Purpose: We studied serum monocyte chemotactic protein-1 (MCP-1) levels in breast cancer patients in relationship to their clinicopathologic variables and immune response to a HER-2/neu E75 vaccine. Experimental Design: We measured MCP-1 levels in 32 HER-2/neu+ breast cancer patients before and after vaccination with a HER-2/neu E75 peptide + granulocyte macrophage colony-stimulating factor vaccine. Clinical prognostic variables were collected. Vaccine-specific immunologic responses were monitored. Results: Serum MCP-1 levels >250 pg/mL (MCP-high) correlated with favorable prognostic variables. MCP-high patients compared with MCP-low (<250 pg/mL) patients showed statistically significant later onset of disease, earlier stage of disease, fewer nodal metastasis, and less chemotherapy. MCP-high patients had increased levels of preexisting HER-2 immunity when compared with MCP-low patients (69% versus 21%; P = 0.02). However, MCP-low patients showed higher inducible levels of MCP-1 compared with MCP-high patients (median increase, 41% versus 0%; P = 0.001) after vaccination. Moreover, MCP-low patients with >50% increase in MCP-1 levels (response-high) had worse clinical prognostic variables compared with patients with <50% increase (response-low). Response-high patients had statistically significant more poorly differentiated tumors, later stage of disease, and higher percentage of large tumors. Patients with >30% postvaccination MCP-1 increase also showed significant increases in E75-specific CD8+ T-cells (0.05% versus 0.38%; P = 0.03) in response to vaccination. Conclusions: High serum MCP-1 levels in breast cancer patients correlate with favorable prognostic variables and increased preexisting HER-2/neu immunity. E75 vaccination induces the largest MCP-1 response in patients with unfavorable clinicopathologic variables. Therefore, low serum MCP-1 levels may identify patients with worse prognosis and those most likely to benefit from this vaccination.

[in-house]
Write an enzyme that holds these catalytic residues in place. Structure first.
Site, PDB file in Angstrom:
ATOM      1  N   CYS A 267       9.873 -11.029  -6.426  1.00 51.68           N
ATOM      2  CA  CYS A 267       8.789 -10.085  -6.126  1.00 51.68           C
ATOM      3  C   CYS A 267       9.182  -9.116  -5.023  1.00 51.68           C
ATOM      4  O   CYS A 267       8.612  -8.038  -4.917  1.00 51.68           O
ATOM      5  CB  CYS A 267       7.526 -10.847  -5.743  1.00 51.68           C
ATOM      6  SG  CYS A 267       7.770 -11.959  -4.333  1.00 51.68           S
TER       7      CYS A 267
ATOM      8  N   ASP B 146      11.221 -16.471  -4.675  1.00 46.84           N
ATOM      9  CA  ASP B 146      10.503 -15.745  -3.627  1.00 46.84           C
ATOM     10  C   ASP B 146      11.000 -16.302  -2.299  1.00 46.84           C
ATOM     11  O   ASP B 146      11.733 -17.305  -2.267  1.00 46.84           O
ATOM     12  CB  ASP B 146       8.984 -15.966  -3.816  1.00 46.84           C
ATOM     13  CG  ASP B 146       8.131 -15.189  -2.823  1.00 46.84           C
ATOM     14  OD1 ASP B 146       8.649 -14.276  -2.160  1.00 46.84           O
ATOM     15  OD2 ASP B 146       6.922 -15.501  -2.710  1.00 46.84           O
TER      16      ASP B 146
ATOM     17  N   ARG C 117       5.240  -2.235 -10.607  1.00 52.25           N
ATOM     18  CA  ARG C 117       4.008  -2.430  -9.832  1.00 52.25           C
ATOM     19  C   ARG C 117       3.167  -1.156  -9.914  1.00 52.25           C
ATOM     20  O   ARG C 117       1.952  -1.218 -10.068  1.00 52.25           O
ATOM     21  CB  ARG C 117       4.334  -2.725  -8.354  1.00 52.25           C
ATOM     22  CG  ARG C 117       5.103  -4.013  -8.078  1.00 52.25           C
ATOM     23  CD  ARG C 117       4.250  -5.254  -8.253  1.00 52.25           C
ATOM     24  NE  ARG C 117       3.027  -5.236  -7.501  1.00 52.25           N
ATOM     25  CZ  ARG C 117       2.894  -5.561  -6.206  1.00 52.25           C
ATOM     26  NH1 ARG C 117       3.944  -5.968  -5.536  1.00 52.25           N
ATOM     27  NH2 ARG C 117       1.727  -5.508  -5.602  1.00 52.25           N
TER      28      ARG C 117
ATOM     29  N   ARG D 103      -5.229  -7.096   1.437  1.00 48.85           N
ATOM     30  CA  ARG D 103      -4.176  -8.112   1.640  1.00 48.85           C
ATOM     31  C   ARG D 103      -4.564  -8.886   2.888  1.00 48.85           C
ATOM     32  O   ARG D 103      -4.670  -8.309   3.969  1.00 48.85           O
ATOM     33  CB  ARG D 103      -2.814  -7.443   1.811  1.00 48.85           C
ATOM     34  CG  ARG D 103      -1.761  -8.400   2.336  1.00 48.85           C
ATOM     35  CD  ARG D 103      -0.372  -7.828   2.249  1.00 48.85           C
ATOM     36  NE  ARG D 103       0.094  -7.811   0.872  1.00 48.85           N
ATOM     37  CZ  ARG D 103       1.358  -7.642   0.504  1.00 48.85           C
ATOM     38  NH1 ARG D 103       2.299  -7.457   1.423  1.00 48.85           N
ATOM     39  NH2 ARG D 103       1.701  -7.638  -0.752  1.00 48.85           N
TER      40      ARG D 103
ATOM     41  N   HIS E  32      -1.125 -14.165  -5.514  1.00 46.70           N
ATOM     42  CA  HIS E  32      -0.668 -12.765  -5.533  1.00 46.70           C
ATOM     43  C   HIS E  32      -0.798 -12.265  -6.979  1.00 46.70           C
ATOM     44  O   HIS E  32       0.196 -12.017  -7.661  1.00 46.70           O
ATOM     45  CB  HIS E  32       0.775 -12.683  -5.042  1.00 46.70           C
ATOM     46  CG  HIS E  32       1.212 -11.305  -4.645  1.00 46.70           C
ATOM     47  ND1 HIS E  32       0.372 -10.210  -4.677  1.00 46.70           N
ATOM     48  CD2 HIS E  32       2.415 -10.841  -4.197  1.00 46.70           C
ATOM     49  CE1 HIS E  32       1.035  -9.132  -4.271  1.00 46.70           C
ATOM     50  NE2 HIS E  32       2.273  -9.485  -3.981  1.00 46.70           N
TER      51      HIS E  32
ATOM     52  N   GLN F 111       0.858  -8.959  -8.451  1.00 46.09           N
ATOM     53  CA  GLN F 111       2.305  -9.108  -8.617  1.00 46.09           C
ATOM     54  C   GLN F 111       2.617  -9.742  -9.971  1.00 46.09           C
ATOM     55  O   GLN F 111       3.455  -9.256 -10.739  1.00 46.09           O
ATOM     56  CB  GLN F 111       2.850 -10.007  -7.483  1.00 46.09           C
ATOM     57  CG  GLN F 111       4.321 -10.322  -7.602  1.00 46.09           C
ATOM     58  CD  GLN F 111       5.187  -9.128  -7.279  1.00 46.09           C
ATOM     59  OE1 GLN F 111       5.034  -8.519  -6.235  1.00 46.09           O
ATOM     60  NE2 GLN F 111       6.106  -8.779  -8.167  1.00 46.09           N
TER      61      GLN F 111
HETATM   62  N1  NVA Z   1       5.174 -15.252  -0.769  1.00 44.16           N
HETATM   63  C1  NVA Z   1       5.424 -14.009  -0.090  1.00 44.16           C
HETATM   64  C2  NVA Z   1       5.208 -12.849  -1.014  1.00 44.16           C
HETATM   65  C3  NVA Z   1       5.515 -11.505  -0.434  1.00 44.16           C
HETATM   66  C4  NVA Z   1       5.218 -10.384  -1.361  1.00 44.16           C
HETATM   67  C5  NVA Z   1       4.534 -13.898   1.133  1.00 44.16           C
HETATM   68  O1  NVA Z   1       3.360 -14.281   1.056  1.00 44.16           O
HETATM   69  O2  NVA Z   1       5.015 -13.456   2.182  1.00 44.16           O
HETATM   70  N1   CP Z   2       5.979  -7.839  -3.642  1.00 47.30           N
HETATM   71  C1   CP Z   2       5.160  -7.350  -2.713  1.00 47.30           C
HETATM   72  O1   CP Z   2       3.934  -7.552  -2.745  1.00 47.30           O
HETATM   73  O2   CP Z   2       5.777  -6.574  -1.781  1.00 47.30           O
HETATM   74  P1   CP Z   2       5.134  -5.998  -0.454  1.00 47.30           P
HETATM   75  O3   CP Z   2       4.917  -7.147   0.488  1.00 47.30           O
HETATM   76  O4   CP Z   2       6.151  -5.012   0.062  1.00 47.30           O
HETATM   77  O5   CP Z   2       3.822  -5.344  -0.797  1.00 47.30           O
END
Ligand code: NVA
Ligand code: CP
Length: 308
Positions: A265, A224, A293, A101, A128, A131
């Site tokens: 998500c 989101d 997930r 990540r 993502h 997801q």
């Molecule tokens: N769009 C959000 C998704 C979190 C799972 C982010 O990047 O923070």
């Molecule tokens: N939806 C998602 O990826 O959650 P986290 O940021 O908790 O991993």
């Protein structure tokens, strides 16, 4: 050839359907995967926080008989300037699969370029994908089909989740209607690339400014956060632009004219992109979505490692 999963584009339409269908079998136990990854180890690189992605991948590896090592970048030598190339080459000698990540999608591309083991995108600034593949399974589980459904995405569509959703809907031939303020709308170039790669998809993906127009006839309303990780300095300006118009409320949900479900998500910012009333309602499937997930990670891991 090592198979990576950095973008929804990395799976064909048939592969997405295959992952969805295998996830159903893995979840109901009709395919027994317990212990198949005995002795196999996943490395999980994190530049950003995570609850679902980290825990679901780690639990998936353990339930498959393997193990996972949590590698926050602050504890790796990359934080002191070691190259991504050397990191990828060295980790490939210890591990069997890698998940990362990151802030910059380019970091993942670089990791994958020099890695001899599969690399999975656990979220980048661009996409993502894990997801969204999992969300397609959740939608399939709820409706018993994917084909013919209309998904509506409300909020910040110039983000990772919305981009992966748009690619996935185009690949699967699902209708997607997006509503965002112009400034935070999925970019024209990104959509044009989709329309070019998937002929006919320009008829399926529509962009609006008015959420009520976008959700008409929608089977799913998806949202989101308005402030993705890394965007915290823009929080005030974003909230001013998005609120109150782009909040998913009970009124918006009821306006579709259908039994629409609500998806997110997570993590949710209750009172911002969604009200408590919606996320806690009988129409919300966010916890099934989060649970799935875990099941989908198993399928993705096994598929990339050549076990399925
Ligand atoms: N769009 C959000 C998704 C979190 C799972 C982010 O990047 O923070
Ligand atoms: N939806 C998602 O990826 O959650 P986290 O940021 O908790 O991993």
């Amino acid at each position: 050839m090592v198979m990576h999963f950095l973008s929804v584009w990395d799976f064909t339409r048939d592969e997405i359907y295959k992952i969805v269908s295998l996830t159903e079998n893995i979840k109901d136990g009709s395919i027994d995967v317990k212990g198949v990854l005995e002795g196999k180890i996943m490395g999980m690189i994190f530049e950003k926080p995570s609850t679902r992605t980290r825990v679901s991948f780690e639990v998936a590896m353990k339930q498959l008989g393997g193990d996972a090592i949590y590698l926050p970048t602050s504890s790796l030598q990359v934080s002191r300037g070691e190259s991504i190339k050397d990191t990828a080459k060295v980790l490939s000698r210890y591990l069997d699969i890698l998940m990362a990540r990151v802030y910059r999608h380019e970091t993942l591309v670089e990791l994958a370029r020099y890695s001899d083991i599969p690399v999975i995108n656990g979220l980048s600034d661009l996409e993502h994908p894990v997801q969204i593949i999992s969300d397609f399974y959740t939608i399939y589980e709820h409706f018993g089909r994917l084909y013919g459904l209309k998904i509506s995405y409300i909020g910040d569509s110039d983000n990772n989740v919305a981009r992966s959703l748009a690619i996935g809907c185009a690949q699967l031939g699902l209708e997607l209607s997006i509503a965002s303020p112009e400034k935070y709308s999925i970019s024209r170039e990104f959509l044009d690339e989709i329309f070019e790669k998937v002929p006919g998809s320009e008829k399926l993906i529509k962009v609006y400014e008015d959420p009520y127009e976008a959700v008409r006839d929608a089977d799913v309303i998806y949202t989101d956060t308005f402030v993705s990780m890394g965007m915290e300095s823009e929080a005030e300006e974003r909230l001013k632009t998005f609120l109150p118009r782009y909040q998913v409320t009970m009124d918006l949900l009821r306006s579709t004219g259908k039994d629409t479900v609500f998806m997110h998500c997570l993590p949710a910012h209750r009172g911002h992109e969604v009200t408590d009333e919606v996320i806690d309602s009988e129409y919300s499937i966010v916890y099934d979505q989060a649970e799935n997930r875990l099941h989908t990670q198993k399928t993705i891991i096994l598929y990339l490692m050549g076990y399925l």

ASJC Scopus subject areas
- Cancer Research